Court documents revealed that Mark Armitage, who identifies as an evangelical Christian, alleged he was terminated by CSUN after publishing his findings, which supported his young-earth creationist beliefs.
The payout resolved a two-year-old lawsuit brought forth by the plaintiff, Armitage, who posted a Youtube video to announce his financial settlement with the university.
Armitage was employed by CSUN as a microscopist, and lab instructor back in 2010, and according to the lawsuit, his creationist views were known to members of the biology department prior to being offered the position.
During an evacuation dig in 2012, at the Hell Creek Formation site in Montana, Armitage unearthed the largest triceratops horn ever found at the site.
According to court documents, when he examined the horn under a microscope, he discovered layers of preserved soft tissues still remaining that looked alive.
His discovery suggested that dinosaurs roamed the earth only thousands of years ago, rather than millions, which means the Earth is a lot younger than the general scientific community has theorized.
The Youtube video posted by Armitage stated he was,“Suddenly terminated by the Biology department once his paper was published in the prestigious journal Acta Histochemica.”
Armitage was told by CSUN that his termination was due to budgetary concerns and lack of funding.
Armitage’s attorney, Alan Reinach, stated in an interview that the charges made against the university were, “Essentially religious discrimination and retaliation.”
Reinach is the executive director of the Church State Council, a nonprofit California-based public interest legal organization.
“Mark’s article was pure science,” Reinach said. “The article only presented his findings, and did not mention anything about his creationist beliefs.”
Another defendant in the case was CSUN biology professor, Dr. Ernest Kwok, who became Armitage’s new supervisor in June 2012.
The lawsuit stated that in the weeks leading up to his termination, Dr. Kwok confronted Armitage while in his lab, and allegedly shouted, “We are not going to tolerate your religion in this department.”
“He took an open-minded approach to his discovery,” Reinach said. “But other faculty members were much more dogmatic about the implications of this discovery.”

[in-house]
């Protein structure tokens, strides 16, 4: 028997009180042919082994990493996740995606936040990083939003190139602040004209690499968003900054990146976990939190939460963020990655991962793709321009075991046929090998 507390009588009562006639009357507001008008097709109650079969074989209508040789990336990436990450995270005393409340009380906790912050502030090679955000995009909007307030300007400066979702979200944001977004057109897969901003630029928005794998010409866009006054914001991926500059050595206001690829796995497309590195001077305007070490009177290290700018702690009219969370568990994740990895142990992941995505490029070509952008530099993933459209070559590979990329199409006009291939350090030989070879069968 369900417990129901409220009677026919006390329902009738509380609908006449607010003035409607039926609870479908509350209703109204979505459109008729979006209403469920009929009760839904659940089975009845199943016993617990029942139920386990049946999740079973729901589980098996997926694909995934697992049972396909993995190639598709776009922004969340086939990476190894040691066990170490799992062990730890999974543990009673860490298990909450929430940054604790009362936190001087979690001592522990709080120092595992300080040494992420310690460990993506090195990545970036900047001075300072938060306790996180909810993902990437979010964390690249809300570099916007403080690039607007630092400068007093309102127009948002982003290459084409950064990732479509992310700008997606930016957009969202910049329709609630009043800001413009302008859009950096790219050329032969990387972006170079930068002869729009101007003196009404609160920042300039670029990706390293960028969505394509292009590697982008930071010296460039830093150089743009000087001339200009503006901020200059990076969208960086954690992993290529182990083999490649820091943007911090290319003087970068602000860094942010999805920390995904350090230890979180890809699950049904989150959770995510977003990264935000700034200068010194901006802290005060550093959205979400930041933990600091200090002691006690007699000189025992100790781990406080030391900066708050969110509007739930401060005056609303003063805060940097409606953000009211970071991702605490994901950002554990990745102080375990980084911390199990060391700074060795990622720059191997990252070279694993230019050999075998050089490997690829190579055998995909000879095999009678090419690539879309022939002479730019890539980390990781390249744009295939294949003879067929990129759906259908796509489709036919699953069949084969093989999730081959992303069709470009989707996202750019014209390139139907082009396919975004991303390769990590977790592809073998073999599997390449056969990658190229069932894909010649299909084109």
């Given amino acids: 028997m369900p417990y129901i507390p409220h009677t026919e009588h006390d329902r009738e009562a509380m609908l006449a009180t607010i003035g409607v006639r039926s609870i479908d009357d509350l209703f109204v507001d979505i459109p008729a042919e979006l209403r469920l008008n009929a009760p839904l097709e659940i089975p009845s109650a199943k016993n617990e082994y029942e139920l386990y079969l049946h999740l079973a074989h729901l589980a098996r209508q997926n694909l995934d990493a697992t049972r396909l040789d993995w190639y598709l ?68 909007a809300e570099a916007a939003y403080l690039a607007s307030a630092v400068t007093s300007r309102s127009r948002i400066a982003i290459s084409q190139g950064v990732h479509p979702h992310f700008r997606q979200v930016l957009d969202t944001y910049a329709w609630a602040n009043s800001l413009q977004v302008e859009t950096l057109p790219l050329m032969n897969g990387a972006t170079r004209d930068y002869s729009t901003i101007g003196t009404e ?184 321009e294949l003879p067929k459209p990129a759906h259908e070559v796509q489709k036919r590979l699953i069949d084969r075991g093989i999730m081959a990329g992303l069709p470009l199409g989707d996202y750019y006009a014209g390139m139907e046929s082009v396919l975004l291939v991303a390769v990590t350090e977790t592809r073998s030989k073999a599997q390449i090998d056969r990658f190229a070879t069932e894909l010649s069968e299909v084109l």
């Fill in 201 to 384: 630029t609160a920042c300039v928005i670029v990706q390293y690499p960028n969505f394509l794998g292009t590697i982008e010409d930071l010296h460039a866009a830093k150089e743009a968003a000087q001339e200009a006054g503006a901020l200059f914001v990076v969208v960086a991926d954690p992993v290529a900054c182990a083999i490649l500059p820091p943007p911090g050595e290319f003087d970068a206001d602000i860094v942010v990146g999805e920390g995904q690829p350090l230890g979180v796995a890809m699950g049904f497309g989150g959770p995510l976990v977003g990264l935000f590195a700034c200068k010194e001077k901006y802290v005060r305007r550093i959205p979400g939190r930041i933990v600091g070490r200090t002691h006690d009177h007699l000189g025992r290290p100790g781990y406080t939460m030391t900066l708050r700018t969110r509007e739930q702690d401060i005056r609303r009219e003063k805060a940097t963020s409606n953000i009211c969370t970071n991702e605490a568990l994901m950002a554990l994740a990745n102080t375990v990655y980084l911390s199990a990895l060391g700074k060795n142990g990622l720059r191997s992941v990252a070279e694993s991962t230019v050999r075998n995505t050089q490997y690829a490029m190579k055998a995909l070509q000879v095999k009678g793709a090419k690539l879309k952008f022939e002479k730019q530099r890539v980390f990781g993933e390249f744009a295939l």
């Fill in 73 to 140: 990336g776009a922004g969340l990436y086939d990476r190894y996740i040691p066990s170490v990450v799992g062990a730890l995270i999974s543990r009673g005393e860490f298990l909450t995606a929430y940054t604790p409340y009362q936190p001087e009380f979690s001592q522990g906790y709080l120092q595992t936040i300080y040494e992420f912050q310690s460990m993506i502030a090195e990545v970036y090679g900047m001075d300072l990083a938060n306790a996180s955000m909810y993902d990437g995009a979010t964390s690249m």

Reinach also suggested that others had certainly witnessed evidence of hostility towards creationism within the biology department.
“Let the evidence be examined on its own merits,” said Reinach, in reference to Armitage’s scientific findings.
Reinach stated that Armitage received a six-figure financial settlement, that represented 15 times his annual part-time salary.
He also noted that the fact that the university was more than willing to talk number’s meant that they knew the risk involved if the case were to go to trial.
“We are not aware of any other cases where a creationist has received a favorable outcome,” Reinach said. “This was truly a historic case.”
In an emailed statement, the director of media relations at CSUN, Carmen Ramos Chandler said that “California State University, Northridge is firmly committed to upholding academic freedom, free speech and a respect for all religious beliefs. We have a long history of welcoming a diversity of perspectives and championing free thought and discovery within our academic environment.”
As for the lawsuit settlement, the emailed statement issued by CSUN said, “The Superior Court did not rule on the merits of Mr. Armitage’s complaint, and this voluntary settlement is not an indication of any wrongdoing. The decision to settle was based on a desire to avoid the costs involved in a protracted legal battle, including manpower, time and state dollars.”
The Sundial tried contacting Armitage various times but received no response.
In the Youtube video announcing his court awarded settlement, Armitage is quoted saying that, “He was thrilled with the settlement and to have been vindicated in a court of law.”